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Essebsi claims victory in Tunisia polls

BEIRUT |, with agencies - December 22, 2014, 11h30
Veteran politician Beji Caid Essebsi claimed victory in Sunday’s Tunisian presidential runoff.
Official results were still awaited and the campaign team of his rival, Moncef Marzouki, did not concede defeat. But soon after polls closed, Essebsi announced he had won and jubilant supporters took to the streets of the capital in celebration.

Essebsi’s secular party already leads the parliament after earlier this year defeating the Islamist party that had won Tunisia’s first legislative election in 2011.

With a new progressive constitution and a string of elections successfully completed, Tunisia is hailed as an example of democratic change in a region that is struggling to cope with the aftermath of the 2011 Arab Spring revolts.

“I dedicate my victory to the martyrs of Tunisia. I thank Marzouki, and now we should work together without excluding anyone,” Essebsi, told local television, according to the Daily Star.

However, the rival campaign manager for Marzouki, Adnen Monsar, dismissed the victory claims, saying it was a very close call. “Nothing is confirmed so far,” he told reporters.

The vote is the country's third in as many months, after Nidaa Tounes won an October parliamentary election, making Essebsi favorite to be the next president, but with powers curbed under constitutional amendments to guard against a return to dictatorship.

The second round vote pitted 88-year-old favourite Beji Caid Essebsi, leader of the anti-Islamist Nidaa Tounes party, against incumbent Moncef Marzouki, who held the post through an alliance with the moderate Islamist movement Ennahda.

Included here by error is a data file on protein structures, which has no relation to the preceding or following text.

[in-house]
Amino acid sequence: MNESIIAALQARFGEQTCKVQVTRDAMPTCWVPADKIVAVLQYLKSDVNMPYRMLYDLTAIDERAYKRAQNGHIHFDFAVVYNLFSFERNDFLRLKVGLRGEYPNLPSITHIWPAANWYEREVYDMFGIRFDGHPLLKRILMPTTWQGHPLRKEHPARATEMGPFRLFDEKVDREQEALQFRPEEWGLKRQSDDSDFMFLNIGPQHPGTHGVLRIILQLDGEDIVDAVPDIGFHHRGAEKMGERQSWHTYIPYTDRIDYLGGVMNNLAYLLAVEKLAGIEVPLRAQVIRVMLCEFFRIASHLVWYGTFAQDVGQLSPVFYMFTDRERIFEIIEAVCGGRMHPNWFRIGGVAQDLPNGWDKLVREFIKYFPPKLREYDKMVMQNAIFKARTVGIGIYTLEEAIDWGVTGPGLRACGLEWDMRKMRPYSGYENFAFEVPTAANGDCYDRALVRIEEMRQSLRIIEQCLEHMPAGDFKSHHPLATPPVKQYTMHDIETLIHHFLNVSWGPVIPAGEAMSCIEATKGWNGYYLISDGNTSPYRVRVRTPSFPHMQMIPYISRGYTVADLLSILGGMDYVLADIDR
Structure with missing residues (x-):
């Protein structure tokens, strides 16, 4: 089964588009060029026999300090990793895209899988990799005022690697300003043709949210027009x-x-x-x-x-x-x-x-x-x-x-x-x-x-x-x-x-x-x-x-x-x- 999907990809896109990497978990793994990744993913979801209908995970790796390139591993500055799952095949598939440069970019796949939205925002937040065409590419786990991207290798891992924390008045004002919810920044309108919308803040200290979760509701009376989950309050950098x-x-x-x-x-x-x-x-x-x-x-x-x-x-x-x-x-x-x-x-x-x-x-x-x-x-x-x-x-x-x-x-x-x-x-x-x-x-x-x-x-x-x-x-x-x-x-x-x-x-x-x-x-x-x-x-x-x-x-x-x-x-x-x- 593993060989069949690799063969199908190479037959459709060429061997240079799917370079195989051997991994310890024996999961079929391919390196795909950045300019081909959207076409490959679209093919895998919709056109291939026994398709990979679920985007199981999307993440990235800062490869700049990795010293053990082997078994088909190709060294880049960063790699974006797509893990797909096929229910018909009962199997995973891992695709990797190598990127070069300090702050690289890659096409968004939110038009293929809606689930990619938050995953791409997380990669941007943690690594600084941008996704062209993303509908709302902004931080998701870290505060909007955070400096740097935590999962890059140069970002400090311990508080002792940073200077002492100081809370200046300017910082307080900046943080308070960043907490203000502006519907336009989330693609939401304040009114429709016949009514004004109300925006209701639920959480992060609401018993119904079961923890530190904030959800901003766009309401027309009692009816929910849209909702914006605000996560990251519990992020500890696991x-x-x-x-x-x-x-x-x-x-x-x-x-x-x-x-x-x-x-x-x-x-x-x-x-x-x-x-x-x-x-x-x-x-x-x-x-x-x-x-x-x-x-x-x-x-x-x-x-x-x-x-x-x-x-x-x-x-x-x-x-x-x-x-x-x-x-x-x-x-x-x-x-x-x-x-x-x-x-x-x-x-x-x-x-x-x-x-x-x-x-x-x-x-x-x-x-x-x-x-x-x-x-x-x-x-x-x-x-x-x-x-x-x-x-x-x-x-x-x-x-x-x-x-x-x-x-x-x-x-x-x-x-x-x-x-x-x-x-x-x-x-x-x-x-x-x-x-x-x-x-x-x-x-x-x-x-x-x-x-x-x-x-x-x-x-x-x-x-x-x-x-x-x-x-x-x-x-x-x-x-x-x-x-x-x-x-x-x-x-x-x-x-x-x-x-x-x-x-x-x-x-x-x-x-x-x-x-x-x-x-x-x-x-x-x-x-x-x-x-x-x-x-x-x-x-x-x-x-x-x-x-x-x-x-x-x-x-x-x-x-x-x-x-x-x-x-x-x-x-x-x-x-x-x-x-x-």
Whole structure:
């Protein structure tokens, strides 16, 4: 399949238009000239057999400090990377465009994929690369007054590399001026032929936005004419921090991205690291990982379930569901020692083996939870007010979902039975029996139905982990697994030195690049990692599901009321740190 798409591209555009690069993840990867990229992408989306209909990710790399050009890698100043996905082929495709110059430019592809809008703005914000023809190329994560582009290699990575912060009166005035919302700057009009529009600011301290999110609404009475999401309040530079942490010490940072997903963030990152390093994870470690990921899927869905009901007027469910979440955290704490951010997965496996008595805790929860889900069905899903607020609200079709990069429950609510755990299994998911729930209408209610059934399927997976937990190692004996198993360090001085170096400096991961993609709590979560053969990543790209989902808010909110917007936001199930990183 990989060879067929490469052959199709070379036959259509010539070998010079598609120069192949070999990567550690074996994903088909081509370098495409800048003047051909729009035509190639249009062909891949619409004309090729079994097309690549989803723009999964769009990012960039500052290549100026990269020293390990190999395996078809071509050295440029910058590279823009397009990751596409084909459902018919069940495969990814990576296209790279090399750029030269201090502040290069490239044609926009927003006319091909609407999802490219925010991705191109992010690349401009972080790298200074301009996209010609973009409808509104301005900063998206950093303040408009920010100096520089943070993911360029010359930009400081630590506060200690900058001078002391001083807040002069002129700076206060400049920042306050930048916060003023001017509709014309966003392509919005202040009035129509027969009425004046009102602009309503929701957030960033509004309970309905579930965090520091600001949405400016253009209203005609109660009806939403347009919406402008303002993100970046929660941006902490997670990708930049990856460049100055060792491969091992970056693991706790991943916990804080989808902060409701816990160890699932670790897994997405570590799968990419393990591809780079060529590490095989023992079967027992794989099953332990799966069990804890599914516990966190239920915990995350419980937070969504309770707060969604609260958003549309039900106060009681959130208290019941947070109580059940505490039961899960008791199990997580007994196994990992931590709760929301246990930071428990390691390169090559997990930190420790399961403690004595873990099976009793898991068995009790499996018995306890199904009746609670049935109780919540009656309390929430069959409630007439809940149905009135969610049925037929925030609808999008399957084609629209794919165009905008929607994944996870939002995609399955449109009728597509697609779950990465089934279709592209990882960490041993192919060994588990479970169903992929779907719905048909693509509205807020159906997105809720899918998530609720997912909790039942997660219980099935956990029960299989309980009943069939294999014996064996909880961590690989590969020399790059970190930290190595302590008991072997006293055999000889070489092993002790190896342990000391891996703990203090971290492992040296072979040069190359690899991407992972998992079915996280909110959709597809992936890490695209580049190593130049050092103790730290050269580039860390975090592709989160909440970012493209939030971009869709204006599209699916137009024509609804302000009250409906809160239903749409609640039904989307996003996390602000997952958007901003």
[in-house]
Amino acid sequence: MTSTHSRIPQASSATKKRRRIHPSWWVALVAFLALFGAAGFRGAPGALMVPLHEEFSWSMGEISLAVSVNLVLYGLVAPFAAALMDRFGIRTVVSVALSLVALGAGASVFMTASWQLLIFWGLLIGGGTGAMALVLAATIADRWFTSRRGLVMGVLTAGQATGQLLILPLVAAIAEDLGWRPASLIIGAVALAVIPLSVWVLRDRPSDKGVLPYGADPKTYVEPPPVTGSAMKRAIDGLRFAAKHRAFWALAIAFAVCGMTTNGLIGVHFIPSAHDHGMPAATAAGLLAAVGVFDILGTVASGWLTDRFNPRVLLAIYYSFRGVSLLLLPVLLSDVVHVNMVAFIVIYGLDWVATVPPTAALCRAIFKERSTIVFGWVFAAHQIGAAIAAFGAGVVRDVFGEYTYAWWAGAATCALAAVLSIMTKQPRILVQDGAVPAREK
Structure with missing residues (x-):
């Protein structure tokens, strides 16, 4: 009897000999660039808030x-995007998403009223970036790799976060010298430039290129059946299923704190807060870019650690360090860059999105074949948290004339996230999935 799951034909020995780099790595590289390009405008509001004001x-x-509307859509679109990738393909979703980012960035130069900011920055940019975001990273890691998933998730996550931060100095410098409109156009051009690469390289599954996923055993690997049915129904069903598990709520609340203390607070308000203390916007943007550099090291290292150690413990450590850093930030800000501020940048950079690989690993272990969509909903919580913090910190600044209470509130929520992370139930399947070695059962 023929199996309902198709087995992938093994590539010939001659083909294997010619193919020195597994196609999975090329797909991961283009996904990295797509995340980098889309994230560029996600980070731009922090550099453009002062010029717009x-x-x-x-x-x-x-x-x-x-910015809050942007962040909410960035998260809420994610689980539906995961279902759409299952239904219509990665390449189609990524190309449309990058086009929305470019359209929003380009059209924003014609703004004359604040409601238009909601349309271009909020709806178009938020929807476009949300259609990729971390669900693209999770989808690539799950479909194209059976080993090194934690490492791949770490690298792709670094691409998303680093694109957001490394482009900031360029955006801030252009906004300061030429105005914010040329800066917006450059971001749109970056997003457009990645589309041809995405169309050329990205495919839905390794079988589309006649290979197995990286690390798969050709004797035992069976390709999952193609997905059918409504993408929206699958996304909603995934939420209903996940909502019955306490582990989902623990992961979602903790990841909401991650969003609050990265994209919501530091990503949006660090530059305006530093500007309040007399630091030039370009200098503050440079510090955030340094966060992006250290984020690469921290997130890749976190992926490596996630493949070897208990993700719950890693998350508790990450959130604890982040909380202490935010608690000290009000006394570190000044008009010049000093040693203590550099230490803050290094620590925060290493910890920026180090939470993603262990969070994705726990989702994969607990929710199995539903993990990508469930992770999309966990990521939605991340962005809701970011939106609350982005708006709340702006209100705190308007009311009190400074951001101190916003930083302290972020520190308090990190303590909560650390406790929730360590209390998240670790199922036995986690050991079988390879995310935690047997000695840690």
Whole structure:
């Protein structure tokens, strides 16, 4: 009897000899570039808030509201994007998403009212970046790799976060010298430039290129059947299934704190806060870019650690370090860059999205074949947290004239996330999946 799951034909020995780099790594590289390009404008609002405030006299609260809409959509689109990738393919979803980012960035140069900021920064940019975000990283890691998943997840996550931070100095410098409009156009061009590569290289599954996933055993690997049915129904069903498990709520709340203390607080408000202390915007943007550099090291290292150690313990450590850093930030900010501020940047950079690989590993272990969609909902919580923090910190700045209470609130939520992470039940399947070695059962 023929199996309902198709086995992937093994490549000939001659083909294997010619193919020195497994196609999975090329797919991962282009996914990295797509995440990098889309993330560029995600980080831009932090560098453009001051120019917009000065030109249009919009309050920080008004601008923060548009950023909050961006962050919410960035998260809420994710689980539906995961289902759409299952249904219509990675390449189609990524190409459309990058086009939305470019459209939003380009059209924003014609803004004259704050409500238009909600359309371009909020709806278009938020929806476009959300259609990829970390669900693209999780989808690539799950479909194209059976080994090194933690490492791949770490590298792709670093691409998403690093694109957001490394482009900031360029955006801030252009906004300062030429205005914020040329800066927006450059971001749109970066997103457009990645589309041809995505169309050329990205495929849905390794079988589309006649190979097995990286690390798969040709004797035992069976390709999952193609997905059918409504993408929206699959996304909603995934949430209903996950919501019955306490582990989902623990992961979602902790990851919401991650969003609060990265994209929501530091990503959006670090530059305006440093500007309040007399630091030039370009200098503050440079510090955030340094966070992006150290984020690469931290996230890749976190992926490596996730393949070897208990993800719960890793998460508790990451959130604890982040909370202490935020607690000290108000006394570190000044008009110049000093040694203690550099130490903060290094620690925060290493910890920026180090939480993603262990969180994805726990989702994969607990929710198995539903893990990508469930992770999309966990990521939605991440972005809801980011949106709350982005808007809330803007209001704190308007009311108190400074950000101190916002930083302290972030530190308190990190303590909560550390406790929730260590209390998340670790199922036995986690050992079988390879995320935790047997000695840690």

It is the first time that Tunisians have freely elected their president since independence from France in 1956.

The campaign was marked by mudslinging, with Essebsi refusing to take part in a debate with Marzouki, claiming his opponent is an "extremist".

Essebsi insists that Marzouki represents the Islamists, charging that they had "ruined" the country since the 2011 revolution which toppled veteran ruler Zine El Abidine Ben Ali and gave birth to the Arab Spring.

Marzouki in turn accused Essebsi, who served as a senior official in previous Tunisian regimes, of wanting to restore the old guard deposed in the revolution.

Voters said they regretted the lack of restraint shown by candidates in the campaign but believed the country was on the path towards democracy.

"Our candidates and their policies perhaps aren't the best but we're moving forward -- the dictatorship is over," said Tunis shopkeeper Mohammed Taieb.

In an Internet video posted Wednesday, jihadists claimed the 2013 murder of two secular politicians that plunged Tunisia into crisis, and warned of more killings of politicians and security forces.

Last year's murders had threatened to derail Tunisia's post-Arab Spring transition until a compromise government was formed in January this year.

In the video, jihadist Abou Mossaab called on Tunisians to boycott the poll runoff, saying the authorities "are turning you into infidels with these elections".

But defense ministry spokesman Belhassan Oueslati said he did not believe the jihadists were behind the pre-dawn attack on a school in the Kairouan region where ballot papers had been stored under army guard.

"The vigilance of the soldiers and the swiftness of their response thwarted this operation and led to the death of a man armed with a hunting rifle and the arrest of three suspects," Oueslati told AFP.

"Generally, the terrorists don't use hunting rifles," he added.

In addition to the jihadist threat, Tunisia faces major challenges. Its economy is struggling to recover from the upheaval of the revolution, and there are also fears of widespread joblessness causing social unrest.

The International Crisis Group think tank has said Tunisia was the "last hope" for a peaceful transition to democracy, setting it apart from other Arab Spring countries such as Libya and Egypt.

"In the context of the meager harvest of the Arab Spring, Tunisia remains the last hope for a successful democratic transition," it said.

"The country and its allies have every reason to ensure that Tunisia continues on its exceptional course."
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